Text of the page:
Reality-show personality Miss Lawrence has built a diverse career in acting, singing and activism.
Growing up in Atlanta, Lawrence pursued hairstyling, which led to owning salons where celebrities such as Bravo's The Real Housewives of Atlanta ( RHOA ), Jennifer Holiday and Ciara frequented. After several cameos on RHOA, Lawrence joined fellow hairstylist Derek J and New York fashion expert Bevy Smith to host Bravo's Fashion Queens, where the trio reviewed red carpets and fashion trends for three seasons.
Lawrence ( who goes by he or she ) caught the eye of openly gay director Lee Daniels and was cast on his projects Empire, Star and the upcoming film The United States vs. Billie Holiday.
He has a new song called "Say Her Name," which combines vocals and attitude to create an anthem celebrating all types of women. On the phone, she talked about the song, activism and much more in the following interview:
Windy City Times: Where did the name "Miss Lawrence" come from?
Miss Lawrence: It started a long time ago when I was in the beauty industry. Growing up in the South, I have always been extremely in tune and comfortable with the woman that lives in me. I always kept close with my masculine side, as well. I think that is where the breakdown of gender nonconforming takes place in me.
I found a lot of space and freedom in the beauty industry to self explore. I didn't start calling myself Miss Lawrence; instead, it was clients and peers in the beauty industry who started calling me that when they recognized I was very feminine. Once I got on Real Housewives of Atlanta through one of my clients, they called me Miss Lawrenceand I was known for it even more. I live for it!
WCT: With you being gender nonconforming, what pronouns do you prefer?
ML: I don't have a preference. He or she is fine.
WCT: Talk about your new music.
ML: "Say Her Name" is me getting back into singing, which I had buried for a while. This time I was coming back as an independent artist. I wanted this project to be authentic. As I mentioned before, I am in tune with my femininity. As a gay, gender nonconforming individual, I have to honor the culture of women. The culture of women is every type of women, I am referring to straight women, gay women and trans women. It is your mother, daughter and sister. It is also a man who understands the role of women in this world and how important it is. No culture can exist without a woman.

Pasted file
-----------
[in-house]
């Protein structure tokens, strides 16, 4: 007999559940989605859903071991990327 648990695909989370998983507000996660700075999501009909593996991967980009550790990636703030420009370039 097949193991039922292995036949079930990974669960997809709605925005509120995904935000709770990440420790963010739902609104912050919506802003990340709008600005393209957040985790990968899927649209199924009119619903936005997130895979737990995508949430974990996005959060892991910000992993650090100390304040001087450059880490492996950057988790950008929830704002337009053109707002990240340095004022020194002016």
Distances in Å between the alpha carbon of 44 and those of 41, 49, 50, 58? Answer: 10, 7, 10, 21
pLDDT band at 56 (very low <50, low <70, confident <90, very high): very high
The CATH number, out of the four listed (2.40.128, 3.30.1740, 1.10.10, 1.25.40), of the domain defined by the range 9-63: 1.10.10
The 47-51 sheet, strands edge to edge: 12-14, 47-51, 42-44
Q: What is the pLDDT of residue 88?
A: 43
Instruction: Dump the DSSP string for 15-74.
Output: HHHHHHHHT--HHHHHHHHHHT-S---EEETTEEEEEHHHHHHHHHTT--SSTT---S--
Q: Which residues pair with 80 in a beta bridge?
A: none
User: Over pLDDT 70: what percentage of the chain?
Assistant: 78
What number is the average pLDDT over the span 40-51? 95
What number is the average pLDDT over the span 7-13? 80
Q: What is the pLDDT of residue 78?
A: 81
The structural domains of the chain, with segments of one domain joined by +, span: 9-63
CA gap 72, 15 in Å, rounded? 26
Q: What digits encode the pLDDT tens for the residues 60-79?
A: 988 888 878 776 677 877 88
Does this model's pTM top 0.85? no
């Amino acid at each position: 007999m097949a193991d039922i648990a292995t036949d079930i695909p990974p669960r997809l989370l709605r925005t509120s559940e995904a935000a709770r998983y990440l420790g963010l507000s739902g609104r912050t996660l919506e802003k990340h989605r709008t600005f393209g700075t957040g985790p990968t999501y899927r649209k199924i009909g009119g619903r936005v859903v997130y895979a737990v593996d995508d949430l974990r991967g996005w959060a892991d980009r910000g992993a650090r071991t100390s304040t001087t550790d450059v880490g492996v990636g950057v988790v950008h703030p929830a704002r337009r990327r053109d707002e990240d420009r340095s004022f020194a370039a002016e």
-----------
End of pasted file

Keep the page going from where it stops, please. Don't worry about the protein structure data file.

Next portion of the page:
That is how I came up with the song and lyrics for "Say Her Name.' I wrote it about a year and a half ago. I had recorded and finished it, but was sitting on it. I couldn't figure out the right time to put it out. I was inspired when the quarantine started and data reports were stating that countries led by women had fewer virus cases than the majority. I also paid attention to my mayor here in Atlanta and the mayor in New Orleans, who are both women, and went into action. That really spoke to me. I watched the interviews on TV with female nurses who are on the frontlines of the hospitals. I thought, "This is the time for this song."
I knew it was a feel good song that celebrates women's culture. I've gotten tons of support and feedback so far.
WCT: "Respect a queen" is a line from it. I heard influences of ballroom culture and disco throughout the single.
ML: It is definitely an homage to disco. One of the forefathers/mothers is Sylvester, who is an influence on the song in terms of sound structure.
I have been part of the ballroom community for so long. Ballroom is part of my fabric, in particularly women that lead ballroom. I made sure to recognize that in the video.
WCT: Do you have more music coming out?
ML: I did a dance version of Ben E. King's "Stand By Me." I plan on releasing that next. I have another original piece that I wrote, but I haven't recorded it yet. The response from "Say Her Name" has inspired me to put more music.